Water and the effects of the climate crisis on water is the focus at COP27 this Monday 14 November in Sharm el-Sheikh, Egypt. On this occasion, IAHR contributes with a selection of climate change-focused resources free of charge.
Friday, 25 November 2022
Climate change is driving innovation, research and reform at all levels in the water sector as public authorities, companies, research and experts all seek adaptation pathways and improve resilience. Higher frequencies of and intensities of extreme events such as floods and droughts are being observed around the world. In order to attenuate these impacts and keep alive the global ambition of “less than 2 degrees warming”, reductions in Green House Gases (GHG’s) must be sought from all contributing sectors. With some initial estimates placing water use, distribution, storage and treatment as a significant contributor to GHG’s - mitigation is rapidly emerging an essential solution pathway within the water sector. This is particularly pertinent in the areas of water related renewables, efficiencies in the water-energy nexus, and carbon emissions/storage in water related environments.
This online event brings together leaders and experts to provide insight into the strategies and approaches of their countries to reach net zero goals. The “dialogue” will compare national approaches as well as discuss knowledge gaps, opportunities and ways forward. Join the dialogue to discover more about how different countries are approaching their net zero commitments, and the role of the water sector in contributing to these aims. The dialogue also seeks to provide insight into how you or your organisation’s work in water can contribute to global mitigation efforts.
Friday, 2 December 2022
Ice phenomena on fresh and sea waters responds sensitively to climate changes. The impact is primarily due to the globally observed rise of the average air temperature and the intensification of the variability of weather phenomena. As a result of these factors, the ice season is shorter and the ice formed on sea and inland waters becoming thinner and weaker. Additionally, for sea waters, there is a reduction in the areal extent of ice occurrence, and thinning of perennial ice. In consequence the short-term economic benefits may be achieved, but it will also bring the significant impact on Arctic ecosystem and coastal erosion. At the same time, due to the occurrence of higher variability of extreme weather conditions, the severity ice related events are not reduced and has become less predictable. For the rivers, breakups occurring in typically core winter months, results in life-threatening conditions and property damages.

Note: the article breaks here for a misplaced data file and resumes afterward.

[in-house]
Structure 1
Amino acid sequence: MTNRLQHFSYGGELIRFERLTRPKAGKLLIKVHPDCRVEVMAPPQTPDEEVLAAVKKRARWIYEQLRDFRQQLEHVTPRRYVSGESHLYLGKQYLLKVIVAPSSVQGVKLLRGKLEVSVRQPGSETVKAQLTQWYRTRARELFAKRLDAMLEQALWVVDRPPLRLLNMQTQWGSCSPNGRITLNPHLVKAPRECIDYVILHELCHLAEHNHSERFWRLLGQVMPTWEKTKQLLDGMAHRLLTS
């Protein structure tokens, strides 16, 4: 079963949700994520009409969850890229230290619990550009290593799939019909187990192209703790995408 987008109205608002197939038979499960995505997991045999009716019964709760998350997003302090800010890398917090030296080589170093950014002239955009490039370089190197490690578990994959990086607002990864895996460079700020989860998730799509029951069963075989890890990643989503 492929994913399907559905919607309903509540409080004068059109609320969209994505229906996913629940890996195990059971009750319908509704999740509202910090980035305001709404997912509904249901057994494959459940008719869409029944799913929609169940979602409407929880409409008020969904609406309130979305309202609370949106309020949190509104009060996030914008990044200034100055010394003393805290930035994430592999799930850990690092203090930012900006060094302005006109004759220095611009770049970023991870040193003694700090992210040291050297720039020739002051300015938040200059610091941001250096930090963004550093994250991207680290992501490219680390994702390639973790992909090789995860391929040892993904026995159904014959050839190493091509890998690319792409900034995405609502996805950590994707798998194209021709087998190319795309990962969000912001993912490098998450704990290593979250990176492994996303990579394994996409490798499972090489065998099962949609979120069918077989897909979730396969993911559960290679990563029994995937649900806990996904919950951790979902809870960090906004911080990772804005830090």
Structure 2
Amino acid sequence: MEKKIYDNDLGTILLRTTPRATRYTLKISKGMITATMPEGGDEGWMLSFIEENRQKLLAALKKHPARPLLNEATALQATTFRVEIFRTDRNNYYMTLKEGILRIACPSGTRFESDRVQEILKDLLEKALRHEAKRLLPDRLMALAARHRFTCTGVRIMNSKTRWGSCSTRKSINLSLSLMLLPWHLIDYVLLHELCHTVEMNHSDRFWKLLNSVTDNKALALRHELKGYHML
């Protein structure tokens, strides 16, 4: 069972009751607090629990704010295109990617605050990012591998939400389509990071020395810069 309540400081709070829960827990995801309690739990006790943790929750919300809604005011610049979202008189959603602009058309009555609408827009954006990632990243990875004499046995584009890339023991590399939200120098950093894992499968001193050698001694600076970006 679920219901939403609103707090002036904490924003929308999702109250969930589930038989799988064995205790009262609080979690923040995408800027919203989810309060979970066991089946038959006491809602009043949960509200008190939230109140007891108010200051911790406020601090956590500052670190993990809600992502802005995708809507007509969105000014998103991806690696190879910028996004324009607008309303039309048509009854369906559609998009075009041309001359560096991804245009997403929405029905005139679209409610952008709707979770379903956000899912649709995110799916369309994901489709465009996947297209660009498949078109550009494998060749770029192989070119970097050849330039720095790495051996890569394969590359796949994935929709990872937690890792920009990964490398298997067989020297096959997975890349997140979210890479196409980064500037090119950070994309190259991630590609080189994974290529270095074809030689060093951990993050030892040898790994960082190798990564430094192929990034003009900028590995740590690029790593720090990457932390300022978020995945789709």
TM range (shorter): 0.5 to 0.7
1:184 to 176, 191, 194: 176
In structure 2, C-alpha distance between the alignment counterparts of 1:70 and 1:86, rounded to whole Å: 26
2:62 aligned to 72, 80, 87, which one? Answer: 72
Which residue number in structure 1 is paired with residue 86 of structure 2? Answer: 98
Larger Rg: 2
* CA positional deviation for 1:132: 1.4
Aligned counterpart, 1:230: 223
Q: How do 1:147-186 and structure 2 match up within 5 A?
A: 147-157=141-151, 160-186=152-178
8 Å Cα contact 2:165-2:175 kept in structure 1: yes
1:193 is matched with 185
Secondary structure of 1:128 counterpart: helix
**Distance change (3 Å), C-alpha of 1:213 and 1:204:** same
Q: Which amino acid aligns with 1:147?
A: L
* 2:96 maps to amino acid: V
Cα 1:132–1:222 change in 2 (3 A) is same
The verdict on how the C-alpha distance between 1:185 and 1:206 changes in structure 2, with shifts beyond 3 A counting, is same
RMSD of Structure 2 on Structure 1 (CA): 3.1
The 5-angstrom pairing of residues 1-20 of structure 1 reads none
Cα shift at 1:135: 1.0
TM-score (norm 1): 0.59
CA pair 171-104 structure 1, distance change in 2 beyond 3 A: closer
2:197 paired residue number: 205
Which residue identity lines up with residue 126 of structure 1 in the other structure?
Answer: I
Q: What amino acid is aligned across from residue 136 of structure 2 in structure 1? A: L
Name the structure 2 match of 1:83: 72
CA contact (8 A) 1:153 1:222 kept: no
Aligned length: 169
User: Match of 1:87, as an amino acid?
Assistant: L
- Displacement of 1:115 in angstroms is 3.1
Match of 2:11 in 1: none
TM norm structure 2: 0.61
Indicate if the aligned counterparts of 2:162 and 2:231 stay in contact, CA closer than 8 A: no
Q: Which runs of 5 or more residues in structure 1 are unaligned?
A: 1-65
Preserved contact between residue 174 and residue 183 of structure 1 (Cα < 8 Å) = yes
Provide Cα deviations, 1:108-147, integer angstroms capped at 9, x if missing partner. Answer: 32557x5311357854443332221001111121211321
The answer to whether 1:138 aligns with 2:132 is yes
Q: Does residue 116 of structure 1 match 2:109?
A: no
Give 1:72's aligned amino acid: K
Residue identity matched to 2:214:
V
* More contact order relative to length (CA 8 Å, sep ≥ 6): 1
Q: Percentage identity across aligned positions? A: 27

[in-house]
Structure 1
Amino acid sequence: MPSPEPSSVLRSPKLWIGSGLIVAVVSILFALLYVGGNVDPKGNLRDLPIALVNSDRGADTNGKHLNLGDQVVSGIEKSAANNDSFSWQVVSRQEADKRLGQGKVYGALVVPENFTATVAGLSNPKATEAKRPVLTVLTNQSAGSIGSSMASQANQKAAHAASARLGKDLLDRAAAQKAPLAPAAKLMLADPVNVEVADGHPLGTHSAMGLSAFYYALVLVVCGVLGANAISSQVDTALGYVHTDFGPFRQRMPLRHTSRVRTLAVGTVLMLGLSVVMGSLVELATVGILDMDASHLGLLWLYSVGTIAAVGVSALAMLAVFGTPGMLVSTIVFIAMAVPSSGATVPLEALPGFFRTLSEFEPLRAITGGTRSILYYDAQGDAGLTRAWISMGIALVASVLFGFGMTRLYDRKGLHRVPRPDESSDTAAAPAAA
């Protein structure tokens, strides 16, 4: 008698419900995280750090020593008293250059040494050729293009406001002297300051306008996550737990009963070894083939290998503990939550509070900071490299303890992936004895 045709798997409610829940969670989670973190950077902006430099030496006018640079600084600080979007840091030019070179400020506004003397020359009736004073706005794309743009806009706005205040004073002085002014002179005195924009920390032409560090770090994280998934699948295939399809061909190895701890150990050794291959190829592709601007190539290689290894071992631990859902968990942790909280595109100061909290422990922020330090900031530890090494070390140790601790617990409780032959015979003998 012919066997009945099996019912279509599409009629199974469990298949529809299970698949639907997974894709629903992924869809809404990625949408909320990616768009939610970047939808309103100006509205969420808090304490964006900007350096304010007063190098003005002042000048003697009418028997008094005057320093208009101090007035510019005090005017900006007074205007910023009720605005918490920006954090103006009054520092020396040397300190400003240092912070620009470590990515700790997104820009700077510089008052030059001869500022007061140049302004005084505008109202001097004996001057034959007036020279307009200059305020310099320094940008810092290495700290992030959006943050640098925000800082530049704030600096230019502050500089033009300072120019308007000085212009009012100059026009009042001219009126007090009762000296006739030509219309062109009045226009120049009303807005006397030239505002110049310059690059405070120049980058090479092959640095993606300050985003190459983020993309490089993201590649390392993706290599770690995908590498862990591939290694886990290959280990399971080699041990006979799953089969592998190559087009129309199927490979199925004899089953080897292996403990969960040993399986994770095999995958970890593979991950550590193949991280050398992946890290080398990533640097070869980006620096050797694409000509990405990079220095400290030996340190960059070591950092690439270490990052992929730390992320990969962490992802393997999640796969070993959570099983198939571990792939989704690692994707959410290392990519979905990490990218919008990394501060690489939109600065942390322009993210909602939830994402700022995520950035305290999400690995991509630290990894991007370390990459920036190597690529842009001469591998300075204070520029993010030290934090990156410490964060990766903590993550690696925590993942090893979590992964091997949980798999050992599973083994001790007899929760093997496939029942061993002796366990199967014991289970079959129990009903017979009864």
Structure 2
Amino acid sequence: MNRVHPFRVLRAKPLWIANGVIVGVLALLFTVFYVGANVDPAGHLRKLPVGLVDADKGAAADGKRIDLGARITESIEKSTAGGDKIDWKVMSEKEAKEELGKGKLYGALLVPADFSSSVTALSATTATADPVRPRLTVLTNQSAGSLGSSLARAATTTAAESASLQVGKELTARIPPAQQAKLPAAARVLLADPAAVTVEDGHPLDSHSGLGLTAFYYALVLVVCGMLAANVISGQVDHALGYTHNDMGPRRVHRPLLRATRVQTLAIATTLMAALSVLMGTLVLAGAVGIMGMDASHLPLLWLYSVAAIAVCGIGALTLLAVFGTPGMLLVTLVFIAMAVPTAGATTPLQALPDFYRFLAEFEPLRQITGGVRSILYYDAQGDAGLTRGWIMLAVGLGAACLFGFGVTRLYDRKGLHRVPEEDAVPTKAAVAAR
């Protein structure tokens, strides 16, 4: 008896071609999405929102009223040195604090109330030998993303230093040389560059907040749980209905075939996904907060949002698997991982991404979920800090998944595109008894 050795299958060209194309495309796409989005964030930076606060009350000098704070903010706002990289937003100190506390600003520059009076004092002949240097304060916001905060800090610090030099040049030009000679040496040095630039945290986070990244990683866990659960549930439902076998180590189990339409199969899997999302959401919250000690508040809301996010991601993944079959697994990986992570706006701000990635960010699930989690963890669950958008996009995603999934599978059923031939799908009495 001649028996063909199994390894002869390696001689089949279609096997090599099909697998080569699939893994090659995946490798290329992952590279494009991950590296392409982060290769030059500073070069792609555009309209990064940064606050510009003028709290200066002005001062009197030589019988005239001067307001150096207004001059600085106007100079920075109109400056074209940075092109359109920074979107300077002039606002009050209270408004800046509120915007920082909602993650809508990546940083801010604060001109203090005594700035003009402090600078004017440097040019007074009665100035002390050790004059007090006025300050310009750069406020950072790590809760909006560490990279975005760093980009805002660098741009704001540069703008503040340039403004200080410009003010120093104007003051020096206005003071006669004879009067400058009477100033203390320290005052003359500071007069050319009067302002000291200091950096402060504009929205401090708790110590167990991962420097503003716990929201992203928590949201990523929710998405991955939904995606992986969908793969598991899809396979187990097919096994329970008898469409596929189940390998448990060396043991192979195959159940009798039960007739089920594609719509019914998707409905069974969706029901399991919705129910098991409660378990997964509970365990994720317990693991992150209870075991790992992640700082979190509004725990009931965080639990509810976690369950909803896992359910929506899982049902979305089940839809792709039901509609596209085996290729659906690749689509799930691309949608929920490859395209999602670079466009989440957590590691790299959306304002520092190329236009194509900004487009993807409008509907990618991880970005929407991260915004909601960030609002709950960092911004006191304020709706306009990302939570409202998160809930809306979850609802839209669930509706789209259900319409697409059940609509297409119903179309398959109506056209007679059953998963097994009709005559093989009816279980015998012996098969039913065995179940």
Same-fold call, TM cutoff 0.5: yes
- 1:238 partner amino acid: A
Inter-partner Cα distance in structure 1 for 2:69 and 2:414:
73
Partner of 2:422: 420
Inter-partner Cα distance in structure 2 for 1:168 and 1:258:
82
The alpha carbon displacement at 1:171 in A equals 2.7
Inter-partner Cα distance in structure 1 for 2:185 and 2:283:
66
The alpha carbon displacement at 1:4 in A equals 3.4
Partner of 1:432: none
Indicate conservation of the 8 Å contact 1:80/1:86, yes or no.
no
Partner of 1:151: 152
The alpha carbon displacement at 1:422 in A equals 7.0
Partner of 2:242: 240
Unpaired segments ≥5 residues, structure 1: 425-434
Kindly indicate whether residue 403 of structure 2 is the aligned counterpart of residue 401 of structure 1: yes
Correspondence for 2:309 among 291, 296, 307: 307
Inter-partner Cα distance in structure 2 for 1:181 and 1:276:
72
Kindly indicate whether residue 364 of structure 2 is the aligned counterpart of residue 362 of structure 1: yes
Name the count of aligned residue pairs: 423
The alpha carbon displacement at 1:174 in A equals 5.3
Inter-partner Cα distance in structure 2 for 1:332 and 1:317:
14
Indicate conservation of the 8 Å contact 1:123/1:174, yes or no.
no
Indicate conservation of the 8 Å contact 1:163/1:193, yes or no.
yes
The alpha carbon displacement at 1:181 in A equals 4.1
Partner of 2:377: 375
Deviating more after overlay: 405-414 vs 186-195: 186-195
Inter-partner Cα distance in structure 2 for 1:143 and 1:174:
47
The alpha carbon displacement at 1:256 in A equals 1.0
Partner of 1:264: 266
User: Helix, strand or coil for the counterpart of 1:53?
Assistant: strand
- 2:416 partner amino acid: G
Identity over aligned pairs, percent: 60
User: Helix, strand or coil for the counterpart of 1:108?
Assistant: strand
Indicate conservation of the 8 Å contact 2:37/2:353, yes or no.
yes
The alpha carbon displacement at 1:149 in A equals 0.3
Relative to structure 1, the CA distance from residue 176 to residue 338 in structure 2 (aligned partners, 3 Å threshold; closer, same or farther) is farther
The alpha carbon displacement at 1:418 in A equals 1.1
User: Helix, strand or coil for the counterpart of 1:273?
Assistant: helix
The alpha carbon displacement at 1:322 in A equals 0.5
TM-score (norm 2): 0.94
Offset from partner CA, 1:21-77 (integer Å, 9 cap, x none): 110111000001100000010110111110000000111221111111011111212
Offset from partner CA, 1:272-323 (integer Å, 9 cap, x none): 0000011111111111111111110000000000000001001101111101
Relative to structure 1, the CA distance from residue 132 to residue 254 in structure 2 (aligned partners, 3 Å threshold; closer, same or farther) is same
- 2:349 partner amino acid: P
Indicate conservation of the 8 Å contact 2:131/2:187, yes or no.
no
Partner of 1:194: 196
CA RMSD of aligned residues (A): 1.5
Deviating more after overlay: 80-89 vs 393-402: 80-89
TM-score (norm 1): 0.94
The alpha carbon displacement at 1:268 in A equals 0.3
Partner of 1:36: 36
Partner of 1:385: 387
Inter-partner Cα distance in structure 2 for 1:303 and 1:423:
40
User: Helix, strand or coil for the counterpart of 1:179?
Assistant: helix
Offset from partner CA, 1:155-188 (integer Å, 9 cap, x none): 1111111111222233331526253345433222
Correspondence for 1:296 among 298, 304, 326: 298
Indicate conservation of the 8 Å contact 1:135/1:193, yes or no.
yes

Experts on climate change and ice engineering will share their research findings at this event jointly organized by the IAHR Technical Committee on Climate Change Adaptation and the IAHR Technical Committee on Ice Research and Engineering.
Every day there are stories in the news directly or indirectly related to climate change. Even though it is not possible to attribute specific extreme events solely to climate change, their increasing frequency and intensity suggest a trend in several meteorological and hydrological variables which is becoming evident even to the most ardent climate change sceptics. Recent examples are the devasting flooding in Pakistan and the catastrophic impact of hurricane Ian in Florida.
The current issue of Hydrolink includes several articles on different aspects of the work of the hydro-environment community on climate change issues.